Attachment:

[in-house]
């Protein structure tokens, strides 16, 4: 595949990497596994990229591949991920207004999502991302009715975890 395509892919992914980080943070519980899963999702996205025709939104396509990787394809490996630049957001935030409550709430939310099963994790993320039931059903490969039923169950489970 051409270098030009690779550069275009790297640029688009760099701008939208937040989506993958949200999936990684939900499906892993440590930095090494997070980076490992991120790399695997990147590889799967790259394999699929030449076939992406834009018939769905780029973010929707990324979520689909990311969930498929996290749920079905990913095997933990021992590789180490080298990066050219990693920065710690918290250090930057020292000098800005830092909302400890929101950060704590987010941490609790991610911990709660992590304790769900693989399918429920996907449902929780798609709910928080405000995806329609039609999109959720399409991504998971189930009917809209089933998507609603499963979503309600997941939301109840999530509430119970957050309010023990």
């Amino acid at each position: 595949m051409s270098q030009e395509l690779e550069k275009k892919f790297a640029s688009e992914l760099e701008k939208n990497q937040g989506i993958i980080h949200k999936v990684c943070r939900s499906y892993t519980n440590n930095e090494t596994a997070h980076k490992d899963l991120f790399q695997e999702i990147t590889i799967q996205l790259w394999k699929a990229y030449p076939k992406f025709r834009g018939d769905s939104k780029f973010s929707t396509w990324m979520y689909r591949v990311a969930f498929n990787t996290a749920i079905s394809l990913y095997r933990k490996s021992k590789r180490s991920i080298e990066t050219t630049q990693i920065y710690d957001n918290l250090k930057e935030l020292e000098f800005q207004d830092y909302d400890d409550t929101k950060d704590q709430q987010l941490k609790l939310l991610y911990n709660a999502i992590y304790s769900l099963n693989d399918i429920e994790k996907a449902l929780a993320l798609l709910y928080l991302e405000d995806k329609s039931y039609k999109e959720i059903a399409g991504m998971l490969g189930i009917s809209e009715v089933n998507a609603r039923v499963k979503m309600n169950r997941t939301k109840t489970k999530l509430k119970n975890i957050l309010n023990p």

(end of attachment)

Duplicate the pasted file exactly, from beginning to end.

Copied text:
[in-house]
């Protein structure tokens, strides 16, 4: 595949990497596994990229591949991920207004999502991302009715975890 395509892919992914980080943070519980899963999702996205025709939104396509990787394809490996630049957001935030409550709430939310099963994790993320039931059903490969039923169950489970 051409270098030009690779550069275009790297640029688009760099701008939208937040989506993958949200999936990684939900499906892993440590930095090494997070980076490992991120790399695997990147590889799967790259394999699929030449076939992406834009018939769905780029973010929707990324979520689909990311969930498929996290749920079905990913095997933990021992590789180490080298990066050219990693920065710690918290250090930057020292000098800005830092909302400890929101950060704590987010941490609790991610911990709660992590304790769900693989399918429920996907449902929780798609709910928080405000995806329609039609999109959720399409991504998971189930009917809209089933998507609603499963979503309600997941939301109840999530509430119970957050309010023990």
């Amino acid at each position: 595949m051409s270098q030009e395509l690779e550069k275009k892919f790297a640029s688009e992914l760099e701008k939208n990497q937040g989506i993958i980080h949200k999936v990684c943070r939900s499906y892993t519980n440590n930095e090494t596994a997070h980076k490992d899963l991120f790399q695997e999702i990147t590889i799967q996205l790259w394999k699929a990229y030449p076939k992406f025709r834009g018939d769905s939104k780029f973010s929707t396509w990324m979520y689909r591949v990311a969930f498929n990787t996290a749920i079905s394809l990913y095997r933990k490996s021992k590789r180490s991920i080298e990066t050219t630049q990693i920065y710690d957001n918290l250090k930057e935030l020292e000098f800005q207004d830092y909302d400890d409550t929101k950060d704590q709430q987010l941490k609790l939310l991610y911990n709660a999502i992590y304790s769900l099963n693989d399918i429920e994790k996907a449902l929780a993320l798609l709910y928080l991302e405000d995806k329609s039931y039609k999109e959720i059903a399409g991504m998971l490969g189930i009917s809209e009715v089933n998507a609603r039923v499963k979503m309600n169950r997941t939301k109840t489970k999530l509430k119970n975890i957050l309010n023990p």